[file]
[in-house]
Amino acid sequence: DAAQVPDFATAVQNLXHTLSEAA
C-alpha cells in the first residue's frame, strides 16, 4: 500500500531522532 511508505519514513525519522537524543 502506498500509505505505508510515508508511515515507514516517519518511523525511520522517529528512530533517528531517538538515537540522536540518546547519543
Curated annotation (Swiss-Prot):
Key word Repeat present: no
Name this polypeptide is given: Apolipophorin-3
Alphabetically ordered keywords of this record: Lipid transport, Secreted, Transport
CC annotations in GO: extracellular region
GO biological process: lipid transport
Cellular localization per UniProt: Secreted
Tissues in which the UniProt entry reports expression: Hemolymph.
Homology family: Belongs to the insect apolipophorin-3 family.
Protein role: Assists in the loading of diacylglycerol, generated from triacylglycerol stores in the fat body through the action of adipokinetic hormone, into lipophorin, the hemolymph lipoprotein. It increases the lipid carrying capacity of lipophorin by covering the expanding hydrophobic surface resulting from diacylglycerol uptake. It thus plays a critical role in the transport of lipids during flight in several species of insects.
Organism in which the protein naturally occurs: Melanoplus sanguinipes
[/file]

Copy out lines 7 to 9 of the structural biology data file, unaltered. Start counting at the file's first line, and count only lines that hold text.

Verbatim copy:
Alphabetically ordered keywords of this record: Lipid transport, Secreted, Transport
CC annotations in GO: extracellular region
GO biological process: lipid transport